One mystery to many Lord of the Rings fans (who haven’t read Morgoth’s Ring) is Elven marriage. Wandering around the fandom, we see all sorts of marriage ceremonies; from Christian ones to very elaborate ceremonies involving bloodletting. This essay answers the question: What is an Elven marriage like?
Tolkien wrote an essay called, The Laws and Customs of the Eldar, wherein he describes Elven marriages in great detail. Since Tolkien went to such great lengths to make sure Elven marriages were understood, it seems only fitting to use and honor the information.
- Most Elves choose their spouse while they are still young – 50 to 100 years old. There are a few exceptions, and marrying late seems to be connected to
ill chances or strange fates.
- When the two Elves involved decide that they are going to marry for certain, they promise to marry each other. The act is called betrothal.
- They give each other silver rings.
- They hold a betrothal feast, in which they announce their betrothal to the world, and their families meet.
- At least a year passes between betrothal and marriage, to make certain that they are meant to marry each other.
- If they decide not to marry in this time, they return their silver rings publicly, then melt the rings, so no one can ever wear the rings again. (This is very rare. Elves don’t make these decisions carelessly.)
- A great feast is held in celebration of the couple’s decision to marry.
- At some point during the feast, the couple joins hands and goes to a place where everyone at the feast can see them.
- The mother of the bride and the father of the bridegroom come forward and bless the marriage. (No mortal has ever heard these blessings, so Tolkien made certain that we mortals didn’t know them either. All we know of the blessings is that the father names Manwë and the mother names Varda as witness to the marriage, and it is one of the rare times that the name of Eru Ilúvatar is spoken.)
- They give back the silver rings they gave each other in betrothal; these rings are treasured forever.
- Then they give gold rings to each other. The gold rings are worn on the index finger of the right hand.
- The Noldor have another ritual for this feast (though it isn’t bound to the feast, it can happen before the feast as well). The bride’s mother gives the bridegroom a jewel on a chain, and the father of the bridegroom does the same to the bride.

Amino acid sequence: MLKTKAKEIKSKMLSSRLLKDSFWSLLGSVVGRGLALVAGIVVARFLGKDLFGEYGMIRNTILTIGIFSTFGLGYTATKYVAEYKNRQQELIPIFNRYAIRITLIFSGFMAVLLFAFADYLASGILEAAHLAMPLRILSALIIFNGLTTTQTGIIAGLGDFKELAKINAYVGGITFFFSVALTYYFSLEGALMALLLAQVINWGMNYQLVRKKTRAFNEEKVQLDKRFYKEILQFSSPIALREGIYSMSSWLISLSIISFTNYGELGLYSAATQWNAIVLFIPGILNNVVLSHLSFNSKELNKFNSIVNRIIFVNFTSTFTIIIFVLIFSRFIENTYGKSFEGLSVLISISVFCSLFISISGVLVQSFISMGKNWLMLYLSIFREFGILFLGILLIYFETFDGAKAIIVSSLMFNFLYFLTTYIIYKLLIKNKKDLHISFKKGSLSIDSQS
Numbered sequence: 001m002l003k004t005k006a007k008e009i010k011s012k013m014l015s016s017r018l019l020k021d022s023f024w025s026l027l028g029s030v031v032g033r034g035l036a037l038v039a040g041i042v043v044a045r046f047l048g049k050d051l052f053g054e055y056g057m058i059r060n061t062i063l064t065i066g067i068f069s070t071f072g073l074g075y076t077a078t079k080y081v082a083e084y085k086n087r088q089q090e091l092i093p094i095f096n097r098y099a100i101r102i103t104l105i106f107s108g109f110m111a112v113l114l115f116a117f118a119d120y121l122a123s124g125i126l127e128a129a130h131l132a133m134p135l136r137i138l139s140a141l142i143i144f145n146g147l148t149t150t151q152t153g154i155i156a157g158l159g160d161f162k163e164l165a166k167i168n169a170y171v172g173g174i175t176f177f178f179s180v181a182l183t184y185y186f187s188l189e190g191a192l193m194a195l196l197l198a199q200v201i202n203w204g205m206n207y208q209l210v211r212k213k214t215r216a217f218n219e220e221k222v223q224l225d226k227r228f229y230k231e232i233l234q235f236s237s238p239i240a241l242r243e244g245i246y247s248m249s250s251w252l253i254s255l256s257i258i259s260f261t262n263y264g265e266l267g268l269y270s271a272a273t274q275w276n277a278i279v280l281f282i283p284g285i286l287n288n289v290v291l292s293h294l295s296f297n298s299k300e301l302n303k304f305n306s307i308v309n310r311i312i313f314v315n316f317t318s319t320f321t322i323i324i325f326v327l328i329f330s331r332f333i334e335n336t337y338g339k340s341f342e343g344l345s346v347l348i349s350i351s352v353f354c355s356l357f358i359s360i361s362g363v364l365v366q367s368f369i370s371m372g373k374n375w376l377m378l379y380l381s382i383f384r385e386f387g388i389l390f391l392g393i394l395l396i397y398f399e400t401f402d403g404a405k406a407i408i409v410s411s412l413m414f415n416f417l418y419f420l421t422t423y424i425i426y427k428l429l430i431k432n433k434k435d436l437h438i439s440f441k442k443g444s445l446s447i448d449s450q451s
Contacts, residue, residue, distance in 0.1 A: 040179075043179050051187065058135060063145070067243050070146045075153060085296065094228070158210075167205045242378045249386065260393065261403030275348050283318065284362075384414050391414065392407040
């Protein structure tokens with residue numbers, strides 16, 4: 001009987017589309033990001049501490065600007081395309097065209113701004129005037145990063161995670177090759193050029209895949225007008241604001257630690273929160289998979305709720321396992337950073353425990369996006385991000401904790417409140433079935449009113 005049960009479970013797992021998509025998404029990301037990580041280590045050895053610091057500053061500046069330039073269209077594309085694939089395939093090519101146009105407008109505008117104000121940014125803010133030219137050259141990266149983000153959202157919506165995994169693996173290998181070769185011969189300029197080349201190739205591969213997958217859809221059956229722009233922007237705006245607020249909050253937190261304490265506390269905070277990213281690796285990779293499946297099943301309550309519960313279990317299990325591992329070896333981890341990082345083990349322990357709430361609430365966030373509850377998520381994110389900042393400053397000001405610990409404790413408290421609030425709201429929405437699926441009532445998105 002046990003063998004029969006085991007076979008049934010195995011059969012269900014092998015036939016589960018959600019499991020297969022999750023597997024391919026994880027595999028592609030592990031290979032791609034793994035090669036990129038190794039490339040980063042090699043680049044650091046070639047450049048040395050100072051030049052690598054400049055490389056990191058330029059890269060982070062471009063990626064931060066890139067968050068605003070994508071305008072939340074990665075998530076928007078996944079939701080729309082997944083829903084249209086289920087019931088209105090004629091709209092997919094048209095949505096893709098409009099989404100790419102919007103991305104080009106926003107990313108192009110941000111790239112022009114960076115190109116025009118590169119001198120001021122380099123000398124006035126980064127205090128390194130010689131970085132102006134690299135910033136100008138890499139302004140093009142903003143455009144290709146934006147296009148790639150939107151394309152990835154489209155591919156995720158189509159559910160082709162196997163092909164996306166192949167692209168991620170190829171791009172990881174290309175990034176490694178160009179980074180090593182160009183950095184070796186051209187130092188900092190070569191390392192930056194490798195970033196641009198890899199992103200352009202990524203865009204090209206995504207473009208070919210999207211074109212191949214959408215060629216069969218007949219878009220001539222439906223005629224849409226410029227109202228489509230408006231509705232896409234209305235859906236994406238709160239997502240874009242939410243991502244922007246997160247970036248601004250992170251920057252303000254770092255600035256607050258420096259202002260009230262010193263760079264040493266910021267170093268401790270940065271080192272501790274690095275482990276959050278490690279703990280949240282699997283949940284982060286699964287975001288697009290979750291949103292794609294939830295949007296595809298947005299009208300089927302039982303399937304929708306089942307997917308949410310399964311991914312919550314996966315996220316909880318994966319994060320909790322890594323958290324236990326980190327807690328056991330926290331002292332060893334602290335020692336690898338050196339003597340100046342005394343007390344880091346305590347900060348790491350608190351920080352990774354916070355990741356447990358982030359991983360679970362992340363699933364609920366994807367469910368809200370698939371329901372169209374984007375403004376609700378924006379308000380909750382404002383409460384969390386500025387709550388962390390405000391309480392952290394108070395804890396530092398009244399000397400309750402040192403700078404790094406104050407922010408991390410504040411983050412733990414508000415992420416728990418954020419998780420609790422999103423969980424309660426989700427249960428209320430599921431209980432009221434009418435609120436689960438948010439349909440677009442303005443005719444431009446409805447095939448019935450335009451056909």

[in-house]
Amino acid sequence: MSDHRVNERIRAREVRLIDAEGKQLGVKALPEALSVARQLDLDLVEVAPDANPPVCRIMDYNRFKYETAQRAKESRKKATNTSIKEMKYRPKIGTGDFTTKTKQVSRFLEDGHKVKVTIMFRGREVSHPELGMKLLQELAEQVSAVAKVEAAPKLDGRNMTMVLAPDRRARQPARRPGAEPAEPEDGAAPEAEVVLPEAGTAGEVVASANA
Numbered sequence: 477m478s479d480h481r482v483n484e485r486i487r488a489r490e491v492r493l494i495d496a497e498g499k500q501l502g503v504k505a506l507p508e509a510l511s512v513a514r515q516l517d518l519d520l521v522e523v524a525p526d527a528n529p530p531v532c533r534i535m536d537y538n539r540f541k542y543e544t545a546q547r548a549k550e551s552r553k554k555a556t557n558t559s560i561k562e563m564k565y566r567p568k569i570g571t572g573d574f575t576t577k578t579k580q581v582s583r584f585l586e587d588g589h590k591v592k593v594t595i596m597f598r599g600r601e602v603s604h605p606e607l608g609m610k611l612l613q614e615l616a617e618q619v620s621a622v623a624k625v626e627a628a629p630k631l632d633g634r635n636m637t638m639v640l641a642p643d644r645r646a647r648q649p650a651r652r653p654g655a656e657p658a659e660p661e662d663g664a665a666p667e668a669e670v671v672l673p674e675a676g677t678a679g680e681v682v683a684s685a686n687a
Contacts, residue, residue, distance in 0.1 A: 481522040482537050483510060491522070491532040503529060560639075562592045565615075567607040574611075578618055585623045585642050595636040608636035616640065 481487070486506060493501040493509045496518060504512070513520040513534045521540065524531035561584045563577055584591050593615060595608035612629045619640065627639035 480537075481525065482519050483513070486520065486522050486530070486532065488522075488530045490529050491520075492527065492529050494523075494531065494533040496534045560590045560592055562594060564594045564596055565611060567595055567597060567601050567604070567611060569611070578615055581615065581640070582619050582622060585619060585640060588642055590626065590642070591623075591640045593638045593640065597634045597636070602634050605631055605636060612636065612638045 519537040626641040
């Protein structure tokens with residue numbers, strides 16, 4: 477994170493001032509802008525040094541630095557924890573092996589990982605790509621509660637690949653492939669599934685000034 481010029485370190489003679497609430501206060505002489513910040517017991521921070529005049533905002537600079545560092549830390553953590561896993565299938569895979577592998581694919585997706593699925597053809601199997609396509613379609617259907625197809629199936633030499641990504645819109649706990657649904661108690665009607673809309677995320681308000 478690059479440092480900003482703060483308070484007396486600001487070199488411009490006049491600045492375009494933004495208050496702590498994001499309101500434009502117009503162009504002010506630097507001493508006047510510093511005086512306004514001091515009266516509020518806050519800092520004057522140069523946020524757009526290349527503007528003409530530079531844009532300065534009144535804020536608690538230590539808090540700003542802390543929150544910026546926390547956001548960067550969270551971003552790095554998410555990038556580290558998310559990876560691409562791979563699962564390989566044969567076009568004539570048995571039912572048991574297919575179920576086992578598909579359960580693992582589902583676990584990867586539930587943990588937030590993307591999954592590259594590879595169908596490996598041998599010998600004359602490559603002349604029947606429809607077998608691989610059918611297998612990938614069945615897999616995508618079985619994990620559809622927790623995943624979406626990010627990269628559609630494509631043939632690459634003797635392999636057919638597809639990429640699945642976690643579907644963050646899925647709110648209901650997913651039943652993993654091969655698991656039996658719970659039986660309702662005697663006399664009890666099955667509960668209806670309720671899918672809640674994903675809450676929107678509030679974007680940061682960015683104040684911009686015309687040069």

- Finally, after the celebration is done, they will do the actual act of marriage. They have sex.
In Times of Trouble
- They will skip the rituals and feasts and go straight to the having sex part. Even if they can’t have the party, they will speak the blessings and give each other Lore Names. It is rude not to celebrate and give various rings and blessings when they are able to. This short marriage isn’t unlawful, because to the Elves, sex is marriage, with parties or without.
Important Facts About Elven Marriage
- Death does not part them. Elves marry for life and death. (This law was set in stone after Fëanáro’s father married twice, and the second marriage tore his family apart and led to the downfall of the Noldor.) The only chance of marrying twice comes if there is absolutely no way that the former spouse will be able to meet the Elf wanting to remarry, in life or death.
- Parents have very little say in whom their children marry. This means that an arranged marriage is highly unlikely. In fact, no arranged marriages have ever been recorded, and the very nature of the arranged marriage goes against the Elves’ true-love attitude towards marriage.
- The parents can make wishes or demands to the person their child has chosen, but the future spouse in question doesn’t have to submit to the demands; however, it is rude and disrespectful not to. (That is why Beren went after the Silmarilli for Thingol, and Aragorn waited until he was king to marry Arwen.)
- Elven marriages must be of free will. Rape and forced marriage murders the Elven victims.
- Marrying family members (incest) is highly taboo. Even among cousins it is considered ‘icky’, though it isn’t outlawed.
- Morgoth’s Ring by Tolkien, Laws and Customs of the Eldar
See also: Elven Wedding Vows